Disney's Magic Kingdom park in Orlando, Fla. Photo: Disney.

Theme parks have been a lucrative business for Walt Disney Co. (NYSE:DIS) and Universal Studios parent company Comcast Corp. (NASDAQ:CMCSA). And while each company has been expanding in Asia to further capitalize on theme-park profits, the U.S. theme-park business is still proving to be their most profitable. During the recent holiday season, Disney reported that parks on both coasts were making visitors wait outside the gates because the parks were at capacity. However, Disney and Universal aren't the only ones seeing that there's still plenty of room to grow in the theme-park business in the U.S., and one Chinese company may be the next big name in this industry.

The media company becoming a massive name in China

While Disney and Universal have been growing in Asia, one Chinese company has come along to make its own name in the media industry there. Dalian Wanda Group, commonly referred to as "Wanda" and led by one of China's richest men, Wang Jianlin, has made some aggressive moves in the Chinese media market. The company initially made a name for itself in the media industry by setting its sights on making the largest production studio in the world in the coastal city of Qingdao, on track to be completed in 2017. 

Most recently, the company opened a theme park and entertainment complex in Wuhan, China (population over over 10 million). This $1.1 billion project in central China comes a year before Disney's coming Disney Resort Shanghai, and well ahead of what Universal Studios plans to be a new park near Beijing in 2018 or 2019. 

Claimed to be the world's first indoor movie-themed park, the Wanda Movie Park opened on Dec. 20 amid much fanfare from the Chinese media. The park includes major attractions such as 3-D rides and one of the world's largest live acrobatic shows in a theater custom-built for the performance. 

Wanda Movie Park in Wuhan, China. Photo: Wanda Group.

This movie park could be just the start of a massive expansion in China. Wanda management reportedly has plans to open 200 children's theme parks in China by 2020, at an estimated cost of over $32 billion. As a historically real estate-centered company, Wanda has plenty of land resources to make this plan a reality.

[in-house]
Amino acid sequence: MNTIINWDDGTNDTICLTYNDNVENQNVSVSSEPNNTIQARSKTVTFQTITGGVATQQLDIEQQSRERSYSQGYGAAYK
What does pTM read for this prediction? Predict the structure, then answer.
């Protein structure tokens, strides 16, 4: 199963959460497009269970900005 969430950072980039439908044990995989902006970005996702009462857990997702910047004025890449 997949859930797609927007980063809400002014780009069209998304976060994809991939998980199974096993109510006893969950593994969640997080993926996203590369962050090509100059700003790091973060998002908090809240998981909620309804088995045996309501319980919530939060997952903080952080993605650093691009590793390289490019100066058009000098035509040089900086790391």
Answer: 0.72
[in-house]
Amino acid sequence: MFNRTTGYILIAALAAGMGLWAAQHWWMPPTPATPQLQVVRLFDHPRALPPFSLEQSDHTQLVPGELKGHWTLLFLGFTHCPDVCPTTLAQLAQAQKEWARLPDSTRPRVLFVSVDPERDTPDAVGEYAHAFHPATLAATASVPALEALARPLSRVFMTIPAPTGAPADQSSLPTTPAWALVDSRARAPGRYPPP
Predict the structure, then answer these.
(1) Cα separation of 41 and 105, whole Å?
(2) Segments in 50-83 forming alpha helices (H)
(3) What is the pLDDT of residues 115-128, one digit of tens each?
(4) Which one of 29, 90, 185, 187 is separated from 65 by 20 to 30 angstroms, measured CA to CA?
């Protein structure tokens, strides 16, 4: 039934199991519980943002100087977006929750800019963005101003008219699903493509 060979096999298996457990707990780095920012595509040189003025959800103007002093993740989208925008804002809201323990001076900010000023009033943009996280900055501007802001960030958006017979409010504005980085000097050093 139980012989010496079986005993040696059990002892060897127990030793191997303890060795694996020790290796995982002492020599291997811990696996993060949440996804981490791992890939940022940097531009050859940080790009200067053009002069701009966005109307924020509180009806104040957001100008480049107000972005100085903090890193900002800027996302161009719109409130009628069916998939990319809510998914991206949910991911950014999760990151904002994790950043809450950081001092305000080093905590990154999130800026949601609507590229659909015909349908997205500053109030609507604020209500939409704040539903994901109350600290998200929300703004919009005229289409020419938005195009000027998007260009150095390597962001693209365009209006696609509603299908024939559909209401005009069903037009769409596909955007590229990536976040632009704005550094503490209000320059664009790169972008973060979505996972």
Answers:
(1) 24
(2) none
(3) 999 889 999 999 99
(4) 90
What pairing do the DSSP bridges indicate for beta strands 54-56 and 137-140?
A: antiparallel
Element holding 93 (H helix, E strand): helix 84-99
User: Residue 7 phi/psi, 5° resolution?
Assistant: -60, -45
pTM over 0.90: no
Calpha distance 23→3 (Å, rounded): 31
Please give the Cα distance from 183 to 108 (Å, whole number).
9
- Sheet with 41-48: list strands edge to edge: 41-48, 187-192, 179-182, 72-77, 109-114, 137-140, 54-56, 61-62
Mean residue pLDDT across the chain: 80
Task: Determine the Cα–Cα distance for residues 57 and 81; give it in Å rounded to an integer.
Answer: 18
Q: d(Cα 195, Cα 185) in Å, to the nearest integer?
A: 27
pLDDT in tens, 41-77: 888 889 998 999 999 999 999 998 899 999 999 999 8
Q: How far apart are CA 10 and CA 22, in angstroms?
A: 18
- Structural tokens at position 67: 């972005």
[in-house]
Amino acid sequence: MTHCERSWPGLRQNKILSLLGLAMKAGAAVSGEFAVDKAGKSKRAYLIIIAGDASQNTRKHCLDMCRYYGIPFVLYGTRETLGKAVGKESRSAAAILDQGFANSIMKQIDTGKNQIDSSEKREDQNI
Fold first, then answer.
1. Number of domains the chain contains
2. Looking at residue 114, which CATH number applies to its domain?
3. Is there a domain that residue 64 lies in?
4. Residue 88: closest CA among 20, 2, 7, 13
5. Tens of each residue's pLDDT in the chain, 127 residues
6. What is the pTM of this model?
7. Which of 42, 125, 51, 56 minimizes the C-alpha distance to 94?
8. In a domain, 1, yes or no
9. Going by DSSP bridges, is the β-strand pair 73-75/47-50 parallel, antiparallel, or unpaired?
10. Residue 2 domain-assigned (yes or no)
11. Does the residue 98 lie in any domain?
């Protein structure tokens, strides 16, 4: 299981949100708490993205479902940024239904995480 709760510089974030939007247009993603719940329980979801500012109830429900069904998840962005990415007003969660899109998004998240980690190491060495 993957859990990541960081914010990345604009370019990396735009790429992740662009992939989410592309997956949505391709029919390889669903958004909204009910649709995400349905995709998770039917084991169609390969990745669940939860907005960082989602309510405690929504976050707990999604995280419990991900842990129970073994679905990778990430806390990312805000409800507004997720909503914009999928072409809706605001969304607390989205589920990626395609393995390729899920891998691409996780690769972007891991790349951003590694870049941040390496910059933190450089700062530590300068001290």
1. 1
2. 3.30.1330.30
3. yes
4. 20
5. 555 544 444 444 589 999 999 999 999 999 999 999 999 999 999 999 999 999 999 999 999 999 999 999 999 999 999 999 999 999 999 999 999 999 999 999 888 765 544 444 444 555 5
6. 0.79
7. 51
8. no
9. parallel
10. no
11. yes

Why Disney and Comcast are really watching this company
Disney and Universal both have profited from their moves into Asia, which is why they're each planning for their first big move into Mainland China. Disneyland Hong Kong was a highlight for Disney's already growing theme-park segment in 2013, helping garner excitement for the coming Disney Resort in Shanghai. For Comcast's Universal Studios, success in Japan and Singapore have led to the company's plan for a new Universal theme park in Beijing in the next three to four years.

But Wanda is assuring that theme-park competition within mainland China will be fierce. One of the company's many projects has been the transformation of Wuxi into a "Culture Tourism City" in China, turning it into a much more modern and entertainment-oriented metropolis that Wang says will compete directly with Disney in Hong Kong and, soon, Shanghai. According to Wanda, the Wuxi Wanda Cultural Tourism City includes the Wanda Mall, a large stage show, a large outdoor theme park, a resort hotel cluster and a bar street.

As Disney and Universal prepare new parks in Mainland China, this will be a tough company to compete with. 

However, it's not only within China that Wanda wants to compete; Wanda already has some U.S. presence. It is the Chinese media company that bought and now operates the AMC cinema chain. The company has also been rumored as wanting to make a similar attempt at purchasing a full Hollywood production studio. 

Most importantly, the company has said that a U.S. theme park might be its next major target. While theme parks have been such a lucrative and growing portion of Disney's and Comcast's revenue in the past couple of years, both companies will be watching Wanda to see how it does in China and if it moves into the United States. For theme-park lovers and media investors alike, this will undoubtedly be an exciting few years.